Sarah Han laps up the spectacular natural beauty of Whitehaven Beach …or should we say WhiteHEAVEN Beach? 
Turquoise waters, soft sand, lush foliage and nothing else in sight. Extending over seven kilometers, Whitehaven Beach is a dreamlike paradise, left untouched from pollution and inhabitation.

Located on Whitsunday Island, Whitehaven is the largest beach of Queensland’s Whitsundays, composed of over 90 islands. Over 10,000 years ago these islands were mountain tops but with a rise in sea levels, the islands formed.

My visit to Whitehaven Beach was arranged as a day-trip cruise from Hamilton Island. The same cruise also took us to the Great Barrier Reef the day before. But if you’re not staying at Hamilton Island, don’t fret; Whitehaven Beach can also be reached from Airlie Beach and Shute Harbour.

I’ve seen many beaches throughout my travels, from Balinese rock shores to Malaysian black sand beaches, but Whitehaven blew me away. When associating beaches with the bustle of locals, vendors and lifeguards, it’s astonishing to find this immaculate beach with nothing and nobody except the people visiting this picture-perfect sanctuary.

As there are no inhabitants on Whitsunday Island today, Whitehaven is a peaceful wonderland of sea and sand, fringed with reefs. But the lack of habitation means that it’s difficult to escape the scorching sun, which reflects off the white sand.

Other than taking in the splendour of Whitehaven’s scenery, I spent my time playing in the sand and frolicking in the water. In retrospect, I’m disappointed that I didn’t know about Hill Inlet before my visit, which displays the shifting swirls of sand and water, creating a beautiful pattern of yellowish-white and turquoise.

Nonetheless, Whitehaven Beach possesses an overwhelmingly beautiful landscape, with vivid shades of blue from the sky and clear aquamarine waters juxtaposed by long stretches of white sand. The fine silica sand is one of the ways Whitehaven sets itself apart from other Whitsunday beaches, which generally have coarser sand due to shell and coral fragments.

The silica of Whitehaven beach contains great quantities of quartz, which is used to produce glass and semi-precious gemstones. According to geologists, the most likely origin of the quartz is the northern Queensland coast. Over millions of years ago, the quartz drifted and then settled in between rocks and promontories to form Whitehaven Beach.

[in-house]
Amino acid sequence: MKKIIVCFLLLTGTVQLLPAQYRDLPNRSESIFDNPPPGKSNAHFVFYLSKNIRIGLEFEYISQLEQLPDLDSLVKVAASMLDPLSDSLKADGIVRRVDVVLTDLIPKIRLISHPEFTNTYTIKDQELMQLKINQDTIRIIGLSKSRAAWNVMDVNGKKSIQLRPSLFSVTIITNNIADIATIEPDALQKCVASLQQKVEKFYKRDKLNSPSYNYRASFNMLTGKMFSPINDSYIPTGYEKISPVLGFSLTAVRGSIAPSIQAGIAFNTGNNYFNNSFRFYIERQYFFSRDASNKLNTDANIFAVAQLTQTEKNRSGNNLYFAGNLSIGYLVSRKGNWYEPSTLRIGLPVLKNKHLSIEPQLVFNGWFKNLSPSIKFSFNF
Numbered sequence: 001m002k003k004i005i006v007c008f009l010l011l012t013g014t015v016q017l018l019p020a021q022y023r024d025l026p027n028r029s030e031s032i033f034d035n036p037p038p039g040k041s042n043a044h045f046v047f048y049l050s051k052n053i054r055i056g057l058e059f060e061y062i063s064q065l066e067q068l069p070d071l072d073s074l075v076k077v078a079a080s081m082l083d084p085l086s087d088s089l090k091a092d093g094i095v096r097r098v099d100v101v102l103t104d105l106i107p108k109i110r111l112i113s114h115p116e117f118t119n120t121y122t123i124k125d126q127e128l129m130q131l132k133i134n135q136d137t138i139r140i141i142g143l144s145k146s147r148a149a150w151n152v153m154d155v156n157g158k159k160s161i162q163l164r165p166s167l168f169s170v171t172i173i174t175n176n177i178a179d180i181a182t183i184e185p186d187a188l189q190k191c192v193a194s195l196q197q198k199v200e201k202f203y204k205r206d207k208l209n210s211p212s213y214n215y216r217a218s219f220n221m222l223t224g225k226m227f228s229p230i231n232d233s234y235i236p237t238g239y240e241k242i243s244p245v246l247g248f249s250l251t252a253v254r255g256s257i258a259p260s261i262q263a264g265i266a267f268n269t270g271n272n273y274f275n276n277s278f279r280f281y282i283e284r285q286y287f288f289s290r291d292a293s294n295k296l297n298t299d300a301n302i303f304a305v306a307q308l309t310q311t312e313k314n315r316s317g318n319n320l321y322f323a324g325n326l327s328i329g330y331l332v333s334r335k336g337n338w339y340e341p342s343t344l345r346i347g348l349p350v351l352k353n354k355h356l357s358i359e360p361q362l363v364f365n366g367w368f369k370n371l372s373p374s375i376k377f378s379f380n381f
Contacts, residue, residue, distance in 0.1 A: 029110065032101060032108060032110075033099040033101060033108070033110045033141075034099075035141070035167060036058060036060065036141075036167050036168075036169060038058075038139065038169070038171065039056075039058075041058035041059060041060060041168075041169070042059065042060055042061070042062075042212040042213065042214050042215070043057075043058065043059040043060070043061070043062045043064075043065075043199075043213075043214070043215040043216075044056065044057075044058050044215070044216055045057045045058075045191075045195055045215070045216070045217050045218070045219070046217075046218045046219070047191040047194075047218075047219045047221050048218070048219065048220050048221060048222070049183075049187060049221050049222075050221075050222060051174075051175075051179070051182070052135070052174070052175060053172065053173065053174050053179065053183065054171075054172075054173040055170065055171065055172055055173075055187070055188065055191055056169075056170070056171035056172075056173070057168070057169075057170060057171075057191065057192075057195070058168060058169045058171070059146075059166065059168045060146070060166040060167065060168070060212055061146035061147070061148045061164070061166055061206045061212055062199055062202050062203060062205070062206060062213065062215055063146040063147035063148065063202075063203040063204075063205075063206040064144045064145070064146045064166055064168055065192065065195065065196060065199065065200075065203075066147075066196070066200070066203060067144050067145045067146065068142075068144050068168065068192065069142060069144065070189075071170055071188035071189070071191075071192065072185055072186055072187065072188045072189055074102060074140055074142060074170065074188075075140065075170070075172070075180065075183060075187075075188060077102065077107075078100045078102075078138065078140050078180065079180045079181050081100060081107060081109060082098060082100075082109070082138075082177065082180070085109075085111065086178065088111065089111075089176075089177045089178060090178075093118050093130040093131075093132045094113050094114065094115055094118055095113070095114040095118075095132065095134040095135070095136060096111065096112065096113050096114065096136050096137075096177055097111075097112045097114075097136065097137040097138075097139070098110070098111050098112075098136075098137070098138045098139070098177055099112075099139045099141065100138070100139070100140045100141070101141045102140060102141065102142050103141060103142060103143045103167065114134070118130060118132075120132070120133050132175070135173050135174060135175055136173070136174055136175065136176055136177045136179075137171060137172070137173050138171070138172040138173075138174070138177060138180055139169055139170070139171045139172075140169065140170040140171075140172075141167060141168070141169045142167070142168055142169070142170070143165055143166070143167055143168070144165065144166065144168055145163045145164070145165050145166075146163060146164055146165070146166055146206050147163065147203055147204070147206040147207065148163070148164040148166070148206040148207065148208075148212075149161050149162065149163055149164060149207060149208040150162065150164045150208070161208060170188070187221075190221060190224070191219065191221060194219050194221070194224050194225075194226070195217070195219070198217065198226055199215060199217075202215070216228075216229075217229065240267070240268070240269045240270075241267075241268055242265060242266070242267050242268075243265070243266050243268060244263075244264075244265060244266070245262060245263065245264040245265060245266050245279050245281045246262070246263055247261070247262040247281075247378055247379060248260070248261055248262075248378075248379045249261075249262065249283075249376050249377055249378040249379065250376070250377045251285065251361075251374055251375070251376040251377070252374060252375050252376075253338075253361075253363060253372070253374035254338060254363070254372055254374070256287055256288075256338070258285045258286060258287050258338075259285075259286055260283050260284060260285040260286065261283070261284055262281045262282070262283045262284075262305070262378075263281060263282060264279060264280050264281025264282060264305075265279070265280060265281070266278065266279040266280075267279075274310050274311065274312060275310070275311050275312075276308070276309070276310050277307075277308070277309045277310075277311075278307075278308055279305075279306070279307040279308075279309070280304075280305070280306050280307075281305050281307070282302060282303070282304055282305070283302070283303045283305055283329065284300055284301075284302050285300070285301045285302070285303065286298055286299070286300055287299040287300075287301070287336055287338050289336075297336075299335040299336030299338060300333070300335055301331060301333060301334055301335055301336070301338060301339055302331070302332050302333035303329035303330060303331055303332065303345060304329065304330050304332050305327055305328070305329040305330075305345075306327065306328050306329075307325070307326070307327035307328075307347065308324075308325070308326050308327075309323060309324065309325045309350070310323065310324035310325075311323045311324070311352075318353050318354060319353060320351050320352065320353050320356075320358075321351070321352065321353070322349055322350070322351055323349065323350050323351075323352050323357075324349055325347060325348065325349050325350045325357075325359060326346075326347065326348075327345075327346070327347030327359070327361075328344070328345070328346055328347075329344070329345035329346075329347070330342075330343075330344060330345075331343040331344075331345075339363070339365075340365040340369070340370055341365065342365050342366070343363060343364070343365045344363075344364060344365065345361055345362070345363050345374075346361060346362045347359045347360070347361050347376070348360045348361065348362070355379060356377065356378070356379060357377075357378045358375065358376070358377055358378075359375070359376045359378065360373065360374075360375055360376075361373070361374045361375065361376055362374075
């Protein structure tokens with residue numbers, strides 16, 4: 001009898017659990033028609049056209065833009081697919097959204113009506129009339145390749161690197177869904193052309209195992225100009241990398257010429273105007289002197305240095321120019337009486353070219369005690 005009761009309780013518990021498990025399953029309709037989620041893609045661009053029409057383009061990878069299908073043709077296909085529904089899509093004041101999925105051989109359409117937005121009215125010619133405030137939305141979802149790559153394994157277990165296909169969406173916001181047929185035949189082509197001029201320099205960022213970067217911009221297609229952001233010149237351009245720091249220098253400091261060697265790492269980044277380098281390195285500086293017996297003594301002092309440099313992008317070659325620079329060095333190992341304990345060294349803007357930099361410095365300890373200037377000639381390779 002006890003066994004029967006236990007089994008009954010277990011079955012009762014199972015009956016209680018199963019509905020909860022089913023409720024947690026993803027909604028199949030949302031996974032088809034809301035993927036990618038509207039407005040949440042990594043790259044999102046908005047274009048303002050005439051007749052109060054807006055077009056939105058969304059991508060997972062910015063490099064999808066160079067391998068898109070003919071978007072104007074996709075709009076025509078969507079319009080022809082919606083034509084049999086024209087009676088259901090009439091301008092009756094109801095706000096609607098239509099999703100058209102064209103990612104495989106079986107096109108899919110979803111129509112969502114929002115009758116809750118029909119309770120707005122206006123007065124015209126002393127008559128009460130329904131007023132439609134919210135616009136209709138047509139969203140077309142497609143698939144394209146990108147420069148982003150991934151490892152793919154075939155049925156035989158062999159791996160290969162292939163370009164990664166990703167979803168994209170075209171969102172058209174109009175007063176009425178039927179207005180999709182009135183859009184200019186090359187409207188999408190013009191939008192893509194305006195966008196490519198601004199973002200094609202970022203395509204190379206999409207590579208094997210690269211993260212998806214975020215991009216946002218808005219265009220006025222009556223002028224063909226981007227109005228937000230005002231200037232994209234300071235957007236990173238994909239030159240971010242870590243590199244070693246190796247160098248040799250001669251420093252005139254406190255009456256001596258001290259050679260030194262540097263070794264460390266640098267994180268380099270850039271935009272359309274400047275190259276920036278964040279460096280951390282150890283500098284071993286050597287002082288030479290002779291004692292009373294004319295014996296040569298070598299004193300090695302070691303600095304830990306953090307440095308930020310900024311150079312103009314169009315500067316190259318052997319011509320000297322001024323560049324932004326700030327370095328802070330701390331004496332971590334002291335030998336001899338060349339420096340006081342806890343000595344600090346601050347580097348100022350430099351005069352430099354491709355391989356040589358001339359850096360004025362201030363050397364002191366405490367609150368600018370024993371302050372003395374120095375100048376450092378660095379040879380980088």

Whitehaven remains pristine because it’s part of the Great Barrier Reef World Heritage Area. From the late 1930s, the Queensland Government began to increasingly declare Whitsunday islands as national parks in order to protect the environment and endangered species. Whitehaven has won’s Eco Friendly Beach award in 2010 and also various Australian Cleanest Beach awards in previous years.

Other than protecting the flora and fauna, Whitehaven Beach and its environs also harbour cultural history. Before water levels rose, the Whitsundays were part of the mainland, where Ngaro Aboriginal people dwelled. The Whitsundays, including Whitehaven Beach and its surroundings, are part of a historical landscape that can still be accessed for its natural and cultural sources. Descendants of the Ngaro people who lived in places like Whitsunday Island still reside in the Whitsunday area. Whitehaven Beach, and the Whitsundays in general, strive to preserve this link with their history.

At first glance, Whitehaven Beach is a utopian dreamland that shows off Australian nature at its best, but a closer look reveals its consideration for Aboriginal culture and the natural world.

//  Sarah Han is a member of our Virtual Internship Program. If you’re a photographer or writer looking to break into travel journalism, we’re here to help you get a leg up. To find out more, email us at